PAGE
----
It has been well said that every word in this memorable cry deserves to have an emphasis laid upon it. If you read it, “My God, My God, why hast Thou forsaken Me? I marvel not that My disciples should, but why hast Thou gone, My Father God? Why couldst Thou leave Me?” there is a wondrous meaning there. Then take it thus, “My God, My God, why hast Thou forsaken Me? I know why Thou hast smitten Me; I can understand why Thou dost chasten Me; but why hast Thou forsaken Me? Wilt Thou allow Me no ray of love from the brightness of Thine eyes-no sense of Thy presence whatsoever?” This was the wormwood and the gall of all the Saviour’s bitter cup. Then God forsook Him in His direst need. Or if you take it thus, “My God, My God, why hast Thou forsaken Me?” there comes another meaning. “Me, Thy well beloved, Thine eternal well beloved, shine innocent, Thy harmless, Thine afflicted Son-why hast Thou forsaken Me? “Then, indeed, it is a marvel of marvels not that God should forsake His saints, or appear to do so, or that He should forsake sinners utterly, but that He should forsake His only Son…I gather that many a child of God has had to say precisely what the Lord Jesus, the first-born of the family, uttered upon the cross. Now as God’s children are brought into the same circumstances as Christ, and Christ is considered the exemplar…do as Jesus did. If you come into His condition, lift up your hearts to God, that you may act as He did in that condition: Under desertion of soul, the Lord Jesus still turned to God. ~ C.H. Spurgeon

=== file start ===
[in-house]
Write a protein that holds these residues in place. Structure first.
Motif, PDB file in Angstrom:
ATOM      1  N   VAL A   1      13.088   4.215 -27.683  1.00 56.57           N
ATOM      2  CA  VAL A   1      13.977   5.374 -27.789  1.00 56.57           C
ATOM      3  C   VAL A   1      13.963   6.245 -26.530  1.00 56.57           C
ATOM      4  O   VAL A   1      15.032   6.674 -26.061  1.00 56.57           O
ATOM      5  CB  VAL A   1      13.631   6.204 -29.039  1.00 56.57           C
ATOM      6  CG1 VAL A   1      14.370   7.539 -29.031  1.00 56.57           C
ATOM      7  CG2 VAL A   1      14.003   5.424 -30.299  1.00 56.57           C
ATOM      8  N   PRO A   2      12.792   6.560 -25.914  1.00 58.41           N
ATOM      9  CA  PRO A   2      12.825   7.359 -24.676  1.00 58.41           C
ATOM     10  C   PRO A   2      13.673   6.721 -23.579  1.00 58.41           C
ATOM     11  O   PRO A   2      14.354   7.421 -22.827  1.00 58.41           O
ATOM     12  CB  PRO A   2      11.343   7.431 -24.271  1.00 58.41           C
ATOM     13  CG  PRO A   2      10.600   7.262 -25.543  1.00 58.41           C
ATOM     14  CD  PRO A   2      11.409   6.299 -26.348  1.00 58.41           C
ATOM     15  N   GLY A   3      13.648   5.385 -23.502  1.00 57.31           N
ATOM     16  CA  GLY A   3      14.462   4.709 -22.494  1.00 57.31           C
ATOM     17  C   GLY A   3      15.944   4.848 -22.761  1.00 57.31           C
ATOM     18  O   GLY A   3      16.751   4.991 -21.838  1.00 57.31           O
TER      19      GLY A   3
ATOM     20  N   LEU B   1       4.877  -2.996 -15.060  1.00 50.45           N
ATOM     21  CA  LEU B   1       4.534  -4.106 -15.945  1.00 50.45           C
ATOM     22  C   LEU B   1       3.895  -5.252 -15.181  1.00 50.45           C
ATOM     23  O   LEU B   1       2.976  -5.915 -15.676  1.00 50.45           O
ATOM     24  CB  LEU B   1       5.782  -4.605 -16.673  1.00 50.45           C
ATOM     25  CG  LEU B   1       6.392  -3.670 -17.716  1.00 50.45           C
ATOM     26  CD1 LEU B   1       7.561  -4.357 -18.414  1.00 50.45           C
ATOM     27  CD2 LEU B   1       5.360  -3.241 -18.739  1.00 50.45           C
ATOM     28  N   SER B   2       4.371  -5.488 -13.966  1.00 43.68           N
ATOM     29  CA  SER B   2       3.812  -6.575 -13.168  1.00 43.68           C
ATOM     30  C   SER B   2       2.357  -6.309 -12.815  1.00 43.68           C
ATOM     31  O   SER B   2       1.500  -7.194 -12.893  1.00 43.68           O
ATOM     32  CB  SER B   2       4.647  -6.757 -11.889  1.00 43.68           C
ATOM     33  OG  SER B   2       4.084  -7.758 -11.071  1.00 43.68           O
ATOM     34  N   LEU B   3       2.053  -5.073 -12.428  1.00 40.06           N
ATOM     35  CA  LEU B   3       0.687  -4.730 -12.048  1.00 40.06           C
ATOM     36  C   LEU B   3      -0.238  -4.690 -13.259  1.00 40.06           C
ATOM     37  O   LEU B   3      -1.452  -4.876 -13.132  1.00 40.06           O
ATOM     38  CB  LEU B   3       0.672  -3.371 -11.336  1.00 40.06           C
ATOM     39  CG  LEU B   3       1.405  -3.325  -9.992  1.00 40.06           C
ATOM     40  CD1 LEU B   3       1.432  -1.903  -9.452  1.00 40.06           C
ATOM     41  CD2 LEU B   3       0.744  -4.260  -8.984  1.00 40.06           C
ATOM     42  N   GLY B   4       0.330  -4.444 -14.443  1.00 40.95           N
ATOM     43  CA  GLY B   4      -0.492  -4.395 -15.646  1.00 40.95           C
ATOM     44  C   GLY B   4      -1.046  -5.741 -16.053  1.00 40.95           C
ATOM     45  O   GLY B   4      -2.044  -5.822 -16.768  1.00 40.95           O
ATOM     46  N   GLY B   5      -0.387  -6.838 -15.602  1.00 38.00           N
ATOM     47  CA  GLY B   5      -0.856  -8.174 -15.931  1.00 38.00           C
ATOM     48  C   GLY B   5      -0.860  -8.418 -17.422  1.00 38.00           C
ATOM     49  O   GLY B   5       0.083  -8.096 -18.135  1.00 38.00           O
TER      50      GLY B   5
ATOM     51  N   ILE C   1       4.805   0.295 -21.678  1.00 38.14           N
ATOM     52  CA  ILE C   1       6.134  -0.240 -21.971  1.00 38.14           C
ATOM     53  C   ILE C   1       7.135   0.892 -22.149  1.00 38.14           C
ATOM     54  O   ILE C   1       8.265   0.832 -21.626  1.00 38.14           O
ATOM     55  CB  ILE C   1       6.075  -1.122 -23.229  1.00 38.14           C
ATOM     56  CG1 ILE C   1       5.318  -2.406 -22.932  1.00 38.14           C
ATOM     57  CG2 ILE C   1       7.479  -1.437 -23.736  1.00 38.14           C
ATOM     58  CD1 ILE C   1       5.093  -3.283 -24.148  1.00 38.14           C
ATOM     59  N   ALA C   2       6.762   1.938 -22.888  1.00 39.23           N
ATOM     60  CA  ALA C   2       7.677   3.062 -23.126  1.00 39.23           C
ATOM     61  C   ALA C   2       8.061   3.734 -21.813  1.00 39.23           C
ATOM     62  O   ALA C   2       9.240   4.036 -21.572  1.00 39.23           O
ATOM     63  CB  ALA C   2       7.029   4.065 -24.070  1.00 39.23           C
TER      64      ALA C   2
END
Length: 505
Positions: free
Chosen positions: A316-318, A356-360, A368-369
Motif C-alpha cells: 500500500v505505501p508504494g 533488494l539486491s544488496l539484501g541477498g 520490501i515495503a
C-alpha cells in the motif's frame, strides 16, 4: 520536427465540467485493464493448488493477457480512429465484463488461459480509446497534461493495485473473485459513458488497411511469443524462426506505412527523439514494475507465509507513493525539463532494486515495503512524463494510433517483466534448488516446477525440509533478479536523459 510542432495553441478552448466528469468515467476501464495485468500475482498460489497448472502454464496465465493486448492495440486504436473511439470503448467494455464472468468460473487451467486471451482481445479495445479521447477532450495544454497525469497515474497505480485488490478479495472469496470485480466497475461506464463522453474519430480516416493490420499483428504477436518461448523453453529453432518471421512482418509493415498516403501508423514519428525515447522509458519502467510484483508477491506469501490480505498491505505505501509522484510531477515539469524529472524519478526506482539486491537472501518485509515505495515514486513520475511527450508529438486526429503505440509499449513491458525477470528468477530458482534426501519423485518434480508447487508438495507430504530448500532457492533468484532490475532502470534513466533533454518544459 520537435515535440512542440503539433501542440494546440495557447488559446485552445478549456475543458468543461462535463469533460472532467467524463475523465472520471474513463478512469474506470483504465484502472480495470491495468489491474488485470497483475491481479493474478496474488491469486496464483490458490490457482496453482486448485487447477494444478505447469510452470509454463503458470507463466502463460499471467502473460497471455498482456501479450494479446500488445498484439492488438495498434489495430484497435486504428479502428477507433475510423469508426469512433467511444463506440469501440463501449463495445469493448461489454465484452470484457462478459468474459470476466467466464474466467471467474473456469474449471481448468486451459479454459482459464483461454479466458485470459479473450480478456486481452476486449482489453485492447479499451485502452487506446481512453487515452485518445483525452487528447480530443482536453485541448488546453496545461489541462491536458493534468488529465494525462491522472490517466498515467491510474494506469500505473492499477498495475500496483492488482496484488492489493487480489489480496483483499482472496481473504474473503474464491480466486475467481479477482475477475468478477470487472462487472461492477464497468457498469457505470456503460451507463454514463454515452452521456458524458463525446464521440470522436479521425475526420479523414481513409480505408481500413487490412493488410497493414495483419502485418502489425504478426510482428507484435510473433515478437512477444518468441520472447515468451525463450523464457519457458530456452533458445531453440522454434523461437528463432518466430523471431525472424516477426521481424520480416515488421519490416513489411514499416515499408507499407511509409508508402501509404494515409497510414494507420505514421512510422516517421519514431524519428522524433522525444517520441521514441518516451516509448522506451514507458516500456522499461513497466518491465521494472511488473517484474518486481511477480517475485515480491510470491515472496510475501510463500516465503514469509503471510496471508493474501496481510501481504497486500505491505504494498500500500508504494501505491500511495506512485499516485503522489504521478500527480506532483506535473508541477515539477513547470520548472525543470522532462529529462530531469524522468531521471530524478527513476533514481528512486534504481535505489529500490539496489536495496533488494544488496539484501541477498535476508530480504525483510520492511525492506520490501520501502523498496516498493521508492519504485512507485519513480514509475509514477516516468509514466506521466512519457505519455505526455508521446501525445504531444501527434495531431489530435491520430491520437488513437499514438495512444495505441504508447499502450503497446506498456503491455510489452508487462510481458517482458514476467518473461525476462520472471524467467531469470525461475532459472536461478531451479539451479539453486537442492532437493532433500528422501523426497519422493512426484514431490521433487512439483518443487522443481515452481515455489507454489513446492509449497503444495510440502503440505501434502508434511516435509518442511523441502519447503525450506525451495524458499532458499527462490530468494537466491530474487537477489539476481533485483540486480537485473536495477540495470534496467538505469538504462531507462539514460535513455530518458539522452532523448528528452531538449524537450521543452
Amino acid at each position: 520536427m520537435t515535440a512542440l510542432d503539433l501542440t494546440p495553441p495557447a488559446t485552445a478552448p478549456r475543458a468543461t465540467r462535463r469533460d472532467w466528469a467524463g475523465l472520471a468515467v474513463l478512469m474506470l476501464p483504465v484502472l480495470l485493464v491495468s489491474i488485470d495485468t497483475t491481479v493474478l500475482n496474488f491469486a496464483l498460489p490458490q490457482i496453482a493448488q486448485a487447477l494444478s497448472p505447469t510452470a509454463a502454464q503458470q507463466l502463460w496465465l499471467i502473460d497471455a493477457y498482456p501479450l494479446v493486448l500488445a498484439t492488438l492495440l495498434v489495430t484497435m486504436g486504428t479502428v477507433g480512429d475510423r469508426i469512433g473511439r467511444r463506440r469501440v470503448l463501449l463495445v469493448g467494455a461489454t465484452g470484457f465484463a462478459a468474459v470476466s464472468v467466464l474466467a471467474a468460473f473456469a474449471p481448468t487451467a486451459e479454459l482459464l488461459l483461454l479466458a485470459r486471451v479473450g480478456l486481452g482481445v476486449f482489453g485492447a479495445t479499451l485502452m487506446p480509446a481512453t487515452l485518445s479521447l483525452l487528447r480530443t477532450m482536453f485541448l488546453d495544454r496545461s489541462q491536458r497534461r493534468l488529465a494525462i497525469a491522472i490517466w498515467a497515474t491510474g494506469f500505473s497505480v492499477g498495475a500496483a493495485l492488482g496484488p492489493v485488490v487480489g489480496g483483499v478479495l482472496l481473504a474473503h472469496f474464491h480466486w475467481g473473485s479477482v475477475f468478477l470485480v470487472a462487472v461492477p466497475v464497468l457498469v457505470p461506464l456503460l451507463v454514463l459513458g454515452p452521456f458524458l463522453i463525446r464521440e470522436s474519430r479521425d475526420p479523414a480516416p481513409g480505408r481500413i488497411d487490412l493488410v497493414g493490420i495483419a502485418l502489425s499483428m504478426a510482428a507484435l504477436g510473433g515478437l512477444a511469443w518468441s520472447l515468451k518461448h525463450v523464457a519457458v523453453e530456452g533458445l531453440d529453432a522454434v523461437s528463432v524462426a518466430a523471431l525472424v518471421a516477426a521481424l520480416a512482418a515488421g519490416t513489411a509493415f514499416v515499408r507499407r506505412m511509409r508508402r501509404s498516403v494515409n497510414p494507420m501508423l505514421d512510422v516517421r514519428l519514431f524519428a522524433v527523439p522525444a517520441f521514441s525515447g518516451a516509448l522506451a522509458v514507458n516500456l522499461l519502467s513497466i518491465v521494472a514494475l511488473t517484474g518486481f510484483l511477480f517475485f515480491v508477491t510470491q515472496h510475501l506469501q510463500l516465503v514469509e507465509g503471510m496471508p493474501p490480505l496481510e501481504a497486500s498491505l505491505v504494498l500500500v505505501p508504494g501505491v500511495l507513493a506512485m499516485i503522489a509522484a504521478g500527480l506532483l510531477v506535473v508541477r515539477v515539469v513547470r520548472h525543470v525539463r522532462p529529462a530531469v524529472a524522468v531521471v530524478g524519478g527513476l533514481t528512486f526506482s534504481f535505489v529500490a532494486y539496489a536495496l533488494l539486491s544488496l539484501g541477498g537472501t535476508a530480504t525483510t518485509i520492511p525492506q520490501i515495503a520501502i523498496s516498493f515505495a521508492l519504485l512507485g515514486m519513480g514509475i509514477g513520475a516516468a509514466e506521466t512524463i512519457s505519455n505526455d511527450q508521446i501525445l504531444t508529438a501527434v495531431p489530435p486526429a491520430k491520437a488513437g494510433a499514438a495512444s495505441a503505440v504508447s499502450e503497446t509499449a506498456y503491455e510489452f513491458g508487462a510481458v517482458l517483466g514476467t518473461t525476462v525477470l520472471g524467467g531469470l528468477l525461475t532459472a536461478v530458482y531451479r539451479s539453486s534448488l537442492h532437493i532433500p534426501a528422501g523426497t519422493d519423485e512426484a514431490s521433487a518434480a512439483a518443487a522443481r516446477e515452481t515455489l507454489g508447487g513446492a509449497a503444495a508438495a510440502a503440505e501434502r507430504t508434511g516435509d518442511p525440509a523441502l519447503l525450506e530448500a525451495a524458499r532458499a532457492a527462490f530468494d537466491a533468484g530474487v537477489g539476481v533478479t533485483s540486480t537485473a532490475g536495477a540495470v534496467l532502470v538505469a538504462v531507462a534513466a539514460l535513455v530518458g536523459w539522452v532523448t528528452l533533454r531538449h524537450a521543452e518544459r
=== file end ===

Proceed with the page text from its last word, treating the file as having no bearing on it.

If Christ is Yours, All Things are Yours

Jesus saith unto him, “I am the Way, the Truth, and the Life: no man cometh unto the Father, but by Me. – John 14:6